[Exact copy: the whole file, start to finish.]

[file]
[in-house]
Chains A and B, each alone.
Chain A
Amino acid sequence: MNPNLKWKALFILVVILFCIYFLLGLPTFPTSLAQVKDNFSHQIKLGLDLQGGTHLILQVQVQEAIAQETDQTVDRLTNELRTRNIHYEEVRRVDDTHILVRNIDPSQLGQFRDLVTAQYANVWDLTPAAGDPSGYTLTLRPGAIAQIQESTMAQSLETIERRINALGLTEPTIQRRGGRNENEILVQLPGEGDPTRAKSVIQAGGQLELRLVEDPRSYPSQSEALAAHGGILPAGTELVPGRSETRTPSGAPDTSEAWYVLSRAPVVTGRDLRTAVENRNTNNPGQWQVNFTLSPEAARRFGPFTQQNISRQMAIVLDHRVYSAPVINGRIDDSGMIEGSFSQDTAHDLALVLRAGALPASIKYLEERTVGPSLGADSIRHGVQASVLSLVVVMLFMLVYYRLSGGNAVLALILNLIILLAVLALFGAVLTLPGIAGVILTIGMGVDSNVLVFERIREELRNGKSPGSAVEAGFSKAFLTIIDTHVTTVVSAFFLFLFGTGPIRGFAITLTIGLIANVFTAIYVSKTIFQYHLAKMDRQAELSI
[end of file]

[in-house]
Chains A and B, each alone.
Chain A
Amino acid sequence: MNPNLKWKALFILVVILFCIYFLLGLPTFPTSLAQVKDNFSHQIKLGLDLQGGTHLILQVQVQEAIAQETDQTVDRLTNELRTRNIHYEEVRRVDDTHILVRNIDPSQLGQFRDLVTAQYANVWDLTPAAGDPSGYTLTLRPGAIAQIQESTMAQSLETIERRINALGLTEPTIQRRGGRNENEILVQLPGEGDPTRAKSVIQAGGQLELRLVEDPRSYPSQSEALAAHGGILPAGTELVPGRSETRTPSGAPDTSEAWYVLSRAPVVTGRDLRTAVENRNTNNPGQWQVNFTLSPEAARRFGPFTQQNISRQMAIVLDHRVYSAPVINGRIDDSGMIEGSFSQDTAHDLALVLRAGALPASIKYLEERTVGPSLGADSIRHGVQASVLSLVVVMLFMLVYYRLSGGNAVLALILNLIILLAVLALFGAVLTLPGIAGVILTIGMGVDSNVLVFERIREELRNGKSPGSAVEAGFSKAFLTIIDTHVTTVVSAFFLFLFGTGPIRGFAITLTIGLIANVFTAIYVSKTIFQYHLAKMDRQAELSI